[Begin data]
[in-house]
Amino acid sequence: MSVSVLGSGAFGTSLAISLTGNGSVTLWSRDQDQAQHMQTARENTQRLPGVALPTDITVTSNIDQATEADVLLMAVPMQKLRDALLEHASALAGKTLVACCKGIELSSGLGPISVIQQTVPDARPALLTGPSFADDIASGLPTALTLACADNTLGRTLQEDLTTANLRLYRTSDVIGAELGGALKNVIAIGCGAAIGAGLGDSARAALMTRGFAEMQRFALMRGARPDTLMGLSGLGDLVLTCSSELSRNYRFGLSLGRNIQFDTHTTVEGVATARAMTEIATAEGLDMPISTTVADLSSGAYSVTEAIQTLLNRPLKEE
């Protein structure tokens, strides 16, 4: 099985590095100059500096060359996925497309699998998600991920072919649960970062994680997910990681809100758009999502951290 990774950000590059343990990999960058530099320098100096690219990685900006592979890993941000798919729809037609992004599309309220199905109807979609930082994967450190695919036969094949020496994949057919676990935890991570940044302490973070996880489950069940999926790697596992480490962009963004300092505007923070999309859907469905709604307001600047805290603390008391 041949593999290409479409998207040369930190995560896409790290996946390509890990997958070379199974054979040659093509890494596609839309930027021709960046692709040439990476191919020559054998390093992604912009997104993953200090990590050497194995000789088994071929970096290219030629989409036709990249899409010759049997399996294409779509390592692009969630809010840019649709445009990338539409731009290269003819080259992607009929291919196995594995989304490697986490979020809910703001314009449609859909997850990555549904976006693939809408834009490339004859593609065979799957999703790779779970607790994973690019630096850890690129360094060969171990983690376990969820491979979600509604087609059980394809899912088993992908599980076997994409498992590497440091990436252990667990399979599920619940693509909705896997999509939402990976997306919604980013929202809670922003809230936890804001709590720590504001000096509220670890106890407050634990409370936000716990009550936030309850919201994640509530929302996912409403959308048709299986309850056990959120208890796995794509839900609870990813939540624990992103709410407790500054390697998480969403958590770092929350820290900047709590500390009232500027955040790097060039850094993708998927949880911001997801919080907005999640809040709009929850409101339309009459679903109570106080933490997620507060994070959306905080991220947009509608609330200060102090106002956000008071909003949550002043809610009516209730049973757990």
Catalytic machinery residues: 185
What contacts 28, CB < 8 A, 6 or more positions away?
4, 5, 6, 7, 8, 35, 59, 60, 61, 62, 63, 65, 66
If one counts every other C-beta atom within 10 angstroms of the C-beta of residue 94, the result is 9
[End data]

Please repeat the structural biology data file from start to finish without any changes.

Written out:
[in-house]
Amino acid sequence: MSVSVLGSGAFGTSLAISLTGNGSVTLWSRDQDQAQHMQTARENTQRLPGVALPTDITVTSNIDQATEADVLLMAVPMQKLRDALLEHASALAGKTLVACCKGIELSSGLGPISVIQQTVPDARPALLTGPSFADDIASGLPTALTLACADNTLGRTLQEDLTTANLRLYRTSDVIGAELGGALKNVIAIGCGAAIGAGLGDSARAALMTRGFAEMQRFALMRGARPDTLMGLSGLGDLVLTCSSELSRNYRFGLSLGRNIQFDTHTTVEGVATARAMTEIATAEGLDMPISTTVADLSSGAYSVTEAIQTLLNRPLKEE
């Protein structure tokens, strides 16, 4: 099985590095100059500096060359996925497309699998998600991920072919649960970062994680997910990681809100758009999502951290 990774950000590059343990990999960058530099320098100096690219990685900006592979890993941000798919729809037609992004599309309220199905109807979609930082994967450190695919036969094949020496994949057919676990935890991570940044302490973070996880489950069940999926790697596992480490962009963004300092505007923070999309859907469905709604307001600047805290603390008391 041949593999290409479409998207040369930190995560896409790290996946390509890990997958070379199974054979040659093509890494596609839309930027021709960046692709040439990476191919020559054998390093992604912009997104993953200090990590050497194995000789088994071929970096290219030629989409036709990249899409010759049997399996294409779509390592692009969630809010840019649709445009990338539409731009290269003819080259992607009929291919196995594995989304490697986490979020809910703001314009449609859909997850990555549904976006693939809408834009490339004859593609065979799957999703790779779970607790994973690019630096850890690129360094060969171990983690376990969820491979979600509604087609059980394809899912088993992908599980076997994409498992590497440091990436252990667990399979599920619940693509909705896997999509939402990976997306919604980013929202809670922003809230936890804001709590720590504001000096509220670890106890407050634990409370936000716990009550936030309850919201994640509530929302996912409403959308048709299986309850056990959120208890796995794509839900609870990813939540624990992103709410407790500054390697998480969403958590770092929350820290900047709590500390009232500027955040790097060039850094993708998927949880911001997801919080907005999640809040709009929850409101339309009459679903109570106080933490997620507060994070959306905080991220947009509608609330200060102090106002956000008071909003949550002043809610009516209730049973757990």
Catalytic machinery residues: 185
What contacts 28, CB < 8 A, 6 or more positions away?
4, 5, 6, 7, 8, 35, 59, 60, 61, 62, 63, 65, 66
If one counts every other C-beta atom within 10 angstroms of the C-beta of residue 94, the result is 9